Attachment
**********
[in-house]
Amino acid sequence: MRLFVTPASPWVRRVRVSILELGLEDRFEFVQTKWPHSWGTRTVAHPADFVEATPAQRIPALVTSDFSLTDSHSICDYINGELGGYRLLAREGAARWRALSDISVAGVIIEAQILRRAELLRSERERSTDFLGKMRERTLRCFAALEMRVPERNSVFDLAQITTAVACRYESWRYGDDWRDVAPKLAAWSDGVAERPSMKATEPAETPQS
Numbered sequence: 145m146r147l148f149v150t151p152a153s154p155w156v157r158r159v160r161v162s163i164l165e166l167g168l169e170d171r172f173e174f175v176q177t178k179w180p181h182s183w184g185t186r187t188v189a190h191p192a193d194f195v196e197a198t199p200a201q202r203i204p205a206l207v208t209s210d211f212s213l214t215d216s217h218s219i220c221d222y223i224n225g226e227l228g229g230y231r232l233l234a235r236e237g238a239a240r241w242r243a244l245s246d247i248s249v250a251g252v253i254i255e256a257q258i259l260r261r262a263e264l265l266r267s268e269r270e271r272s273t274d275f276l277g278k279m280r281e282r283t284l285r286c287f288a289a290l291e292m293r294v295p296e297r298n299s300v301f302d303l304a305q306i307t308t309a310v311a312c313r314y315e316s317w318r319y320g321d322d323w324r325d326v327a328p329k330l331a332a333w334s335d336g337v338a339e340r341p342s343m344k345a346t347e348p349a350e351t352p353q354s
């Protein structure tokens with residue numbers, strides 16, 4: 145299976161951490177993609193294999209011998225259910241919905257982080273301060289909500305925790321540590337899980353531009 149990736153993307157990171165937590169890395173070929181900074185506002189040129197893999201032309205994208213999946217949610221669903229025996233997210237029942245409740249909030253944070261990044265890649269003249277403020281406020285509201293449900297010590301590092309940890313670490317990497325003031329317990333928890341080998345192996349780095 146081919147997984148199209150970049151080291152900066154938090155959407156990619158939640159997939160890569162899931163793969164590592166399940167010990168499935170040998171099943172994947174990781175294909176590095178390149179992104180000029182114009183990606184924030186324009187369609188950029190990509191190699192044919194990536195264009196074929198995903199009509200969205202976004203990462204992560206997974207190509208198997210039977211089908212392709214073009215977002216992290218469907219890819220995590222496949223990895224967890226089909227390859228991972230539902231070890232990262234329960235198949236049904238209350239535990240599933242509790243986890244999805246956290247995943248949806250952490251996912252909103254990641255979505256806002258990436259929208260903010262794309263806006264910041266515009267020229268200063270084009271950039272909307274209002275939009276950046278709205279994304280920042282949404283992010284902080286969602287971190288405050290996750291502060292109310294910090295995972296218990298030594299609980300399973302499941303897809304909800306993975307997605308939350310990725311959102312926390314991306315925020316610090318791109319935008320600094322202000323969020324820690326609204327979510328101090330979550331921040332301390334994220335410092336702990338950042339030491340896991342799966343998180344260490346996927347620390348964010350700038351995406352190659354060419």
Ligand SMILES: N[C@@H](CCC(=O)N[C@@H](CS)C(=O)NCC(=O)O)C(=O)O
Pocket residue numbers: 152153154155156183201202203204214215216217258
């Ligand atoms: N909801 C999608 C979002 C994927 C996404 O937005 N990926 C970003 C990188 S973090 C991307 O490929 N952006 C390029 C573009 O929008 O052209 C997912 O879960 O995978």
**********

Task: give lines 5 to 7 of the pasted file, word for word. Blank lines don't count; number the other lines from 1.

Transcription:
Ligand SMILES: N[C@@H](CCC(=O)N[C@@H](CS)C(=O)NCC(=O)O)C(=O)O
Pocket residue numbers: 152153154155156183201202203204214215216217258
């Ligand atoms: N909801 C999608 C979002 C994927 C996404 O937005 N990926 C970003 C990188 S973090 C991307 O490929 N952006 C390029 C573009 O929008 O052209 C997912 O879960 O995978």